Simulating Intestines
  • Goal is simulator to allow doctors to practice a surgery that involves pulling and folding the intestines [Raghupathi L. et. al., 2003]
  • Real problem here is self-collsions
  • Complicated by tissue called mesentery
    • Connects small intestine and blood vessels
  • Resting position:
    • Intestines look like folded curves lying in a cylinder
    • Mesentery is defined as line segments connecting folded intestine to the axis of the cylinder
  • Mechanical model uses masses and springs
collisions between intestines
Collisions Between Intestines
  • Model intestines like cylinders
  • Find distance between their principle axes
  • “Active pairs”
    • Local minima satisfying certain distance threshold
    • Updated every time step
  • N additional random pairs of segments also generated every time step
    • These are tested and thrown out if they are over the threshold or already represent a minimal pair
mesentery collisions
Mesentery Collisions
  • Complexity would be too high for real-time without approximation
  • Don’t consider mesentery-mesentery interactions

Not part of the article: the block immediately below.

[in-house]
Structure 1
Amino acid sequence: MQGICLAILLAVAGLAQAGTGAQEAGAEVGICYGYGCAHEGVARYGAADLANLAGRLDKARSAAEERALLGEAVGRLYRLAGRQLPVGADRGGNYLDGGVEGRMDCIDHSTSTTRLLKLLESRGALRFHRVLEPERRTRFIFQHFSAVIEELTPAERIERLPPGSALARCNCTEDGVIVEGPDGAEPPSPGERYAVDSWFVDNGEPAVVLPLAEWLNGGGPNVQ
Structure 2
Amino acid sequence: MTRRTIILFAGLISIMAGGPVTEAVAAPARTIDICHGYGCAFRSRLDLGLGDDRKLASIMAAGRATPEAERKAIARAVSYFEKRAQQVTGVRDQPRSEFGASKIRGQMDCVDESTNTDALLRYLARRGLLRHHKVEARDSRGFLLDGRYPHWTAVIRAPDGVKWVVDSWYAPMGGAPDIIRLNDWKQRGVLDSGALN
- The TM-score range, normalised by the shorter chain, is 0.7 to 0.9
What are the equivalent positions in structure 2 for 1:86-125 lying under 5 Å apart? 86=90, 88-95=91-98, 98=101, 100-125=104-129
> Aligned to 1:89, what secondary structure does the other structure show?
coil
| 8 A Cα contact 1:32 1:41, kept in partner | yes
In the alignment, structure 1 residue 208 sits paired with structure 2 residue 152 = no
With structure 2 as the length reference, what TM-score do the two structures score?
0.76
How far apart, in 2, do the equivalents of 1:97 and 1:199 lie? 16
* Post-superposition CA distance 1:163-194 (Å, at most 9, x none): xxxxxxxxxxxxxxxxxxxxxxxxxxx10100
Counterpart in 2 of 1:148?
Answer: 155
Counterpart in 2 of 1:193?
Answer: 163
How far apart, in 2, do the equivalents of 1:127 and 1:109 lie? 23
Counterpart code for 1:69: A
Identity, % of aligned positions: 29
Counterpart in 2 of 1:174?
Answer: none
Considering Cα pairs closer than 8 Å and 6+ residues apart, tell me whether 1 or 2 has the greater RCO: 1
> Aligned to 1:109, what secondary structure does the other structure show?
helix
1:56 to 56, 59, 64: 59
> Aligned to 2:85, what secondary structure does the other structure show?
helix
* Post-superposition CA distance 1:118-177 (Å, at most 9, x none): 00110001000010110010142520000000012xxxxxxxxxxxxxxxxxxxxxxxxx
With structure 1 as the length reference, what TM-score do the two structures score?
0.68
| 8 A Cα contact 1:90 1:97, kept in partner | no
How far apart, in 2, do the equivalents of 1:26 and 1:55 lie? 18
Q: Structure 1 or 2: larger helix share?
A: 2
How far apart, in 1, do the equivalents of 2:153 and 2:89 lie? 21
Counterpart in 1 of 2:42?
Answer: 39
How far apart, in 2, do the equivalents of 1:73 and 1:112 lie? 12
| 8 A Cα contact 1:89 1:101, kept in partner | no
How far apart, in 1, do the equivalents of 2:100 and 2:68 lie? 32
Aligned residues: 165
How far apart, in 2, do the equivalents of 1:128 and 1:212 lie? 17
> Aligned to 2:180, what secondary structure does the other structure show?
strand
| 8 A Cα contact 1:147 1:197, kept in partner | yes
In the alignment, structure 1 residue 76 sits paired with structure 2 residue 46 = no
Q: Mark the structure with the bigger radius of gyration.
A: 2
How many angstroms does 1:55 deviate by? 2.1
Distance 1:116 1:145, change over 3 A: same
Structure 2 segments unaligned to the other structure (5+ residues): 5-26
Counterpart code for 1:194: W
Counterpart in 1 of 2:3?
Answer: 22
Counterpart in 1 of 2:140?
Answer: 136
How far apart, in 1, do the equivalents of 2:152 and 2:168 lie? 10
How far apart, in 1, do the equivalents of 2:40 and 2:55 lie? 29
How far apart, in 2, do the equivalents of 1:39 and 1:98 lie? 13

• Adaptive convergence
    • Replace segment S1 by closest neighbor S to S2 and then replace S2 with neighbor closest to S
  • When collision occurs, recursive search begins across neighbors
  • Physical Modeling
  • Reduction of Computing Time
  • Collision Detection
  • Example Systems
  • Results and Conclusion
  • The Generic Real Time Surgery Simulator [Monserrat et al., 2003]
scene generator
Scene Generator
  • Allows user to select tools and organs needed
  • Systems contains modeling parameters for a variety of organs
    • Mass-spring model
    • Boundary element based model (BEM)
scene generator1
Scene Generator
  • Tools:
    • Loading organs
    • Establishing input points for instruments
    • Associating different physical properties with organs
    • Establishing boundary conditions